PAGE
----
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Replicating Software Vulnerabilities

How to Change Your Grades, the Hard Way

No software is completely secure, not even against six undergrad CS majors with eight weeks on their hands. 

We replicated existing attacks for historically significant software vulnerabilities and flaws in software used daily at Carleton. We set up vulnerable systems, performed penetration testing with existing POCs (Proof-Of-Concept), and then wrote our own exploits and added them to Metasploit.

Tools We Used

Here are some tools we used to perform penetration-testing and automate our exploits

Kali Linux

Kali Linux is an open-source, Debian-based Linux distribution geared towards various information security tasks, such as Penetration Testing, Security Research, Computer Forensics and Reverse Engineering.


The Metasploit Framework is a Ruby-based, penetration testing platform that enables you to write, test, and execute exploit code. It is a collection of commonly used tools, providing complete environment for penetration testing and exploit development.


Metasploitable 2 is an intentionally vulnerable Ubuntu Linux virtual machine that is designed for testing common vulnerabilities, compatible with VMWare, VirtualBox, and other common virtualization platforms.

CVEs We Exploited

CVE is short for Common Vulnerabilities and Exposures. It is a list of publicly disclosed computer security flaws. After studying the CVE database, we selected a small collection of CVEs for which to write exploits and set up automated attacks in Metasploit. Here are the list of CVEs we explored.

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Cool Security Terms ...

It is hardly a surprise since whenever a new field of expertise arrives on the scene, it inevitably spawns new words, acronyms, and phrases.

Here are some cybersecurity terminology that you might want to know...


A means of attack on a computer system, either a series of commands, malicious software, or piece of infected data. Note that in this context, “exploit” is a noun, not a verb, as in “The hacker used a malware exploit to gain access to the credit card’s server.”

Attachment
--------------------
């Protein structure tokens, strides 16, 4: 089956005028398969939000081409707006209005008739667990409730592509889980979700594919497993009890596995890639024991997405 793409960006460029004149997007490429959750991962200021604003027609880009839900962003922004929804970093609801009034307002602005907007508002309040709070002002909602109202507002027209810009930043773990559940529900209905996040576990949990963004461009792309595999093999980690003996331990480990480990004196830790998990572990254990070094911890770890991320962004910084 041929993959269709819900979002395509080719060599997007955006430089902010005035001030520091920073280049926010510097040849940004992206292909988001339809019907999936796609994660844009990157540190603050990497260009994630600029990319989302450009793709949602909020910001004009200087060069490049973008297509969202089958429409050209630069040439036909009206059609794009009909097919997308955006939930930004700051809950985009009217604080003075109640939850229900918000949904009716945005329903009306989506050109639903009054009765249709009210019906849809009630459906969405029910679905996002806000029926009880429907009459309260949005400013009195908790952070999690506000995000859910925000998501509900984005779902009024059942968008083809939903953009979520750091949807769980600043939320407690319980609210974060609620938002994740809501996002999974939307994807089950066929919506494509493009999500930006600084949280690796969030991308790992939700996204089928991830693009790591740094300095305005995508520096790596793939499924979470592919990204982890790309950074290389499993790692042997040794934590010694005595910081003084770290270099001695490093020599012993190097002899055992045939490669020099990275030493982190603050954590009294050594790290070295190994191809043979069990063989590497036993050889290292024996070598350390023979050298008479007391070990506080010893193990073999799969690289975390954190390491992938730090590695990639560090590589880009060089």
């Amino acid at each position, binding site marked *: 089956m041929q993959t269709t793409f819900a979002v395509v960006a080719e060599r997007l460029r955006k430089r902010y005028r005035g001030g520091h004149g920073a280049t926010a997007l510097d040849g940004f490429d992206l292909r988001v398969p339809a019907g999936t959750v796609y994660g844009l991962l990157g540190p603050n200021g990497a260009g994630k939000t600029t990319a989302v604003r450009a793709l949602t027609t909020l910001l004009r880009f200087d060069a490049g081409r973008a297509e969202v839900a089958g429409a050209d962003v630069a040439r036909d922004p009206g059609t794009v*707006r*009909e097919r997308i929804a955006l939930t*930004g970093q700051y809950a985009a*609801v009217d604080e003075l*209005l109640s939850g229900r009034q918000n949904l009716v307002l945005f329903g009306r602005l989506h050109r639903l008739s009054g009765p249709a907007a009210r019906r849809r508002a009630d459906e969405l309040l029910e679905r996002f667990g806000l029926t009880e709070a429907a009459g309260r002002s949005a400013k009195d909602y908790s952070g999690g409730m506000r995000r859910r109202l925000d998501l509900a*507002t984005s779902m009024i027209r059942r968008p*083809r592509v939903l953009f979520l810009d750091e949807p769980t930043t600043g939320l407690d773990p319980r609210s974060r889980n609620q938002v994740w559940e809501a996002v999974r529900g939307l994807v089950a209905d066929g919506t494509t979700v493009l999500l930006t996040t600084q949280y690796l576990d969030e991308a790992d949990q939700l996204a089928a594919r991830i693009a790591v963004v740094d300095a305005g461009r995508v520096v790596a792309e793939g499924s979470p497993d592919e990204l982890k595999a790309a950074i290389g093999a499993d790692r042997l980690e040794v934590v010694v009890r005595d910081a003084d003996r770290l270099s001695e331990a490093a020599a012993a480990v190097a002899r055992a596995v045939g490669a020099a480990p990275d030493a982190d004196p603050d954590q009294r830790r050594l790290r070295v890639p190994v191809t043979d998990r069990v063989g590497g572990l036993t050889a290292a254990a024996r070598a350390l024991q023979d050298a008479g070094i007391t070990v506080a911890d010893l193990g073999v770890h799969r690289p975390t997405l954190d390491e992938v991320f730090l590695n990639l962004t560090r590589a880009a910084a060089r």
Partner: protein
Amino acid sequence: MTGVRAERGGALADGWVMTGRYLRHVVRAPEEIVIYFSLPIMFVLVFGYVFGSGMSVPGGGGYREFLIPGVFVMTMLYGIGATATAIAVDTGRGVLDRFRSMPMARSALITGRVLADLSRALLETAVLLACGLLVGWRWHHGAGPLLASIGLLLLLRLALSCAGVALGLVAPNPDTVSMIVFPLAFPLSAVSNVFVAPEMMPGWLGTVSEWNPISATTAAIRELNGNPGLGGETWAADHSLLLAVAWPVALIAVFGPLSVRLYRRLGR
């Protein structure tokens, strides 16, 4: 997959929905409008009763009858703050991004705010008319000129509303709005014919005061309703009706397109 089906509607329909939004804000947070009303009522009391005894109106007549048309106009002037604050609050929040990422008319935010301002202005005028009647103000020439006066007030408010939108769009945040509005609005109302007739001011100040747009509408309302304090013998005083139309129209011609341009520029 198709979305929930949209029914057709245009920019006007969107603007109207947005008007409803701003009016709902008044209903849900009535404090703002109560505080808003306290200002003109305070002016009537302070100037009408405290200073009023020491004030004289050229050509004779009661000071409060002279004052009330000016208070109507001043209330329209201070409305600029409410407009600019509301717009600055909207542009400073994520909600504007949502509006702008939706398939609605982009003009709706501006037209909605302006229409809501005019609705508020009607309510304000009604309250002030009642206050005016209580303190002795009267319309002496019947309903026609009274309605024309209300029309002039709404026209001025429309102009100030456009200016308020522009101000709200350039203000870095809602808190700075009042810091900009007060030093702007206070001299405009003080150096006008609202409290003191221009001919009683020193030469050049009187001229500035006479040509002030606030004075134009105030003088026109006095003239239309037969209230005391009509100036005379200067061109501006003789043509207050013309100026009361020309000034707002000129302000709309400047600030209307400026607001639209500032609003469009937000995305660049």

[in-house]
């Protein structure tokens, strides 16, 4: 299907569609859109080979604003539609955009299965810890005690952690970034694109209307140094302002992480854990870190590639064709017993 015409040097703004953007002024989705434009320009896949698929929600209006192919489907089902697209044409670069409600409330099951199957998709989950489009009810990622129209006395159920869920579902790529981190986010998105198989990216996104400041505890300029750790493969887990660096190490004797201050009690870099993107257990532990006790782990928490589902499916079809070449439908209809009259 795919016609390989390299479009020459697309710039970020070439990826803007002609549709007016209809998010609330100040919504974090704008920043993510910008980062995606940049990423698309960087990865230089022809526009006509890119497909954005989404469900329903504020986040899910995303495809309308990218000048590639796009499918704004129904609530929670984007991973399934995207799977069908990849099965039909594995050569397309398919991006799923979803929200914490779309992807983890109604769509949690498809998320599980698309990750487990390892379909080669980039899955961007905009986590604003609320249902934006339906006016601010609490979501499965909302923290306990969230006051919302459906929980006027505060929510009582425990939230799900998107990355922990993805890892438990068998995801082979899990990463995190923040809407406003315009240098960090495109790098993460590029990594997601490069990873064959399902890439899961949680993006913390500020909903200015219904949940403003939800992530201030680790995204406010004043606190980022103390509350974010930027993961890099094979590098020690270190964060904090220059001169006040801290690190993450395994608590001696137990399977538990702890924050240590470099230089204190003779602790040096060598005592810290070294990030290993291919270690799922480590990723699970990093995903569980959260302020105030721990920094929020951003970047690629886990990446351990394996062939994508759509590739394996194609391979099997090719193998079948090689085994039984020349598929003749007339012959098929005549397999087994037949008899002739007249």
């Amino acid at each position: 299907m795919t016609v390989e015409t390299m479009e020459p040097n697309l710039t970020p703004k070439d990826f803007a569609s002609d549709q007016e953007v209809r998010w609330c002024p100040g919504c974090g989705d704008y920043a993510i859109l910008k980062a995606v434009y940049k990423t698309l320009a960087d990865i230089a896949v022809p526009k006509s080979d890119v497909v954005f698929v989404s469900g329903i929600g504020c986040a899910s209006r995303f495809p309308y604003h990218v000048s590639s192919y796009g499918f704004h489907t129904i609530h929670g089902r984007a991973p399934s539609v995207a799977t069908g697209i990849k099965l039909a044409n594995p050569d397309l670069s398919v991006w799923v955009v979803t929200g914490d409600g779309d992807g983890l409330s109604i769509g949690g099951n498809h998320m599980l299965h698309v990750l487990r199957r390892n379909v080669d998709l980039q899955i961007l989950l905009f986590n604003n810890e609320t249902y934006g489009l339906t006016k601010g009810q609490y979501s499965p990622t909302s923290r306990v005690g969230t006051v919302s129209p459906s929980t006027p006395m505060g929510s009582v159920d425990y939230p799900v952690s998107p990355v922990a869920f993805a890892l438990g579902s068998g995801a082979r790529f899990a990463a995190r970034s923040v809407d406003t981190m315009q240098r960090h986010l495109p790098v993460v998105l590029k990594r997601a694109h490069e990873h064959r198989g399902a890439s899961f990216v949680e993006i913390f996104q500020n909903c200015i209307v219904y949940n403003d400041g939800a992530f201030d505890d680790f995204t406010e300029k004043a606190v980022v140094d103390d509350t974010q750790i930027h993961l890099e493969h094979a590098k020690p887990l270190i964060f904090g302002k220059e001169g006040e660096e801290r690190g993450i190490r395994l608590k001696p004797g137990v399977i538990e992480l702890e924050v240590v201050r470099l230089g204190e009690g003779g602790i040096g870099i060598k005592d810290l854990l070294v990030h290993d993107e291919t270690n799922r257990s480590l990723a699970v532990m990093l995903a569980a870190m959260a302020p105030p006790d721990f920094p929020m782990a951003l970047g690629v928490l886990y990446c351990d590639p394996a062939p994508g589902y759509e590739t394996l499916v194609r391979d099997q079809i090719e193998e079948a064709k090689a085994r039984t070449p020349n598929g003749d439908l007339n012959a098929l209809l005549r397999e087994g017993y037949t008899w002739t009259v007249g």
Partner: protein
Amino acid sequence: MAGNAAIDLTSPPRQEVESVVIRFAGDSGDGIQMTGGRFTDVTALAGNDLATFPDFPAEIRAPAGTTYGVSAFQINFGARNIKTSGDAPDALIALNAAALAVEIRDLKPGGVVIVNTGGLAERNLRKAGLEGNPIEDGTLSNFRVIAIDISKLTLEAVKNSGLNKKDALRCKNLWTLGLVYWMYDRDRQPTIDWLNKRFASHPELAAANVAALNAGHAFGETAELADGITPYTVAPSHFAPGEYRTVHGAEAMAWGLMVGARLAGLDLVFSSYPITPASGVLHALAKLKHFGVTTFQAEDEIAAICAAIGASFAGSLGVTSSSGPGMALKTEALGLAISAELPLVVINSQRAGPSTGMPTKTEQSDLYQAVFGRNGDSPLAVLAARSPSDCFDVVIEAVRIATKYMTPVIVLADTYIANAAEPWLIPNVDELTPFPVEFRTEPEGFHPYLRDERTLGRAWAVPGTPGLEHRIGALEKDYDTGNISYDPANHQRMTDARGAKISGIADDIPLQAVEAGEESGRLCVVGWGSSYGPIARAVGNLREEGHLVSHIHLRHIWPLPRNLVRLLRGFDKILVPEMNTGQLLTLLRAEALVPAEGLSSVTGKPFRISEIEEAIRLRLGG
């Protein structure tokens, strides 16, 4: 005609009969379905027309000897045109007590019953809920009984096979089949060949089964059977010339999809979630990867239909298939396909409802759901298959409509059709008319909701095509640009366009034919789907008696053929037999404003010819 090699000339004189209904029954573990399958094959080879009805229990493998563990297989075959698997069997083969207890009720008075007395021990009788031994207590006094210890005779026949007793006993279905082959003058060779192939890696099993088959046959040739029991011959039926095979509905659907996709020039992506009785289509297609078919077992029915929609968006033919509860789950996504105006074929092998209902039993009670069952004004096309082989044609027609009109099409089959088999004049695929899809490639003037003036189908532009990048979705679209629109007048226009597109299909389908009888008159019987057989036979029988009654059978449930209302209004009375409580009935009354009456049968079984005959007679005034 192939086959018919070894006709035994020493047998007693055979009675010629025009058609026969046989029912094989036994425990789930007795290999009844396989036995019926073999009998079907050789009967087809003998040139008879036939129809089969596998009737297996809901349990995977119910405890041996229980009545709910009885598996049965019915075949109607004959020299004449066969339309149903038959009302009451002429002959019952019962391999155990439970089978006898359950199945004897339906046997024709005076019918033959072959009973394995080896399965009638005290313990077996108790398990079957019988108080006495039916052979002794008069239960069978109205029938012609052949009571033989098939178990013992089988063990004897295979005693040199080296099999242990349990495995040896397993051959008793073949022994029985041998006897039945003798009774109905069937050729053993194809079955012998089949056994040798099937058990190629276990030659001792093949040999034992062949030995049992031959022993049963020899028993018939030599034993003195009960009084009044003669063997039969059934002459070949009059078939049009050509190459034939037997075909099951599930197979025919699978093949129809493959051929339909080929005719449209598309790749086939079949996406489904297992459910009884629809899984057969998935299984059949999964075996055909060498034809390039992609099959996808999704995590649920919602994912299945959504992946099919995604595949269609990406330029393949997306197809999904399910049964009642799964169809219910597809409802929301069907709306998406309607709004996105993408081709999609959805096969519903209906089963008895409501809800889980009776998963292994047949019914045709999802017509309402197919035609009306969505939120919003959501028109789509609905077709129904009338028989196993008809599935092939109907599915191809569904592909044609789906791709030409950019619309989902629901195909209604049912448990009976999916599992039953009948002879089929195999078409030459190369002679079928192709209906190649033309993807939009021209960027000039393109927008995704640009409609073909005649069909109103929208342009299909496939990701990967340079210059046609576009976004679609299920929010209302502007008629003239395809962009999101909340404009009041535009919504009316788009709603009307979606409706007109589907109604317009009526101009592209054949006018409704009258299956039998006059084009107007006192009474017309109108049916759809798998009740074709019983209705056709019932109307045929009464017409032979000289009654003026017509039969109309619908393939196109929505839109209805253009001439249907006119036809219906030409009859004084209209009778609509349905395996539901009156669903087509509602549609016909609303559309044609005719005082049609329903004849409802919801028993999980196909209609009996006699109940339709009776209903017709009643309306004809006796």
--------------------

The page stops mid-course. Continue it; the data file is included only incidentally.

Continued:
Pen Test

Penetration test, commonly referred to as pen test, simulates a cyberattack on your system to look for weaknesses that could be exploited. Pen testing involves attempting to get into any number of  systems to find security holes like that are vulnerable to code injection attacks.

Proof of Concept

A proof of concept (POC) is an exercise in which work is focused on determining whether an idea can be turned into a reality. In computer security this often means that hackers show that they have been able to make use of a security flaw in software or hardware.


Encoding is a reversible transformation of data format, used to preserve the usability of data. Note that it is different from Encryption whichis the process of securely encoding data in such a way that only authorized users with a key or password can decrypt the data to reveal the original. 

Zero-day Exploit 

Zero-day Exploit is used to define exploit code that has been written to take advantage of a vulnerability before the vendor knows about the vulnerability and can release a patch for it.

Ethical Hacking

Ethical hacking involves an authorized attempt to gain unauthorized access to a computer system, application, or data. Carrying out an ethical hack involves duplicating actions of malicious attackers. This practice helps to identify  vulnerabilities which can be resolved before a malicious attack.


Ransomware is a form of malware designed to encrypt files on a device, rendering any files and the systems that rely on them unusable. Malicious actors then demand ransom in exchange for decryption.

Remote Code Execution

Remote code execution (RCE) attacks allow an attacker to remotely execute malicious code on a computer. The impact of an RCE vulnerability can range from malware execution to an attacker gaining full control over a compromised machine.


Shellcode is a small piece of code used as the payload in the exploitation of a software vulnerability. It is called "shellcode" because it typically starts a command shell from which the attacker can control the compromised machine, but any piece of code that performs a similar task can be called shellcode.
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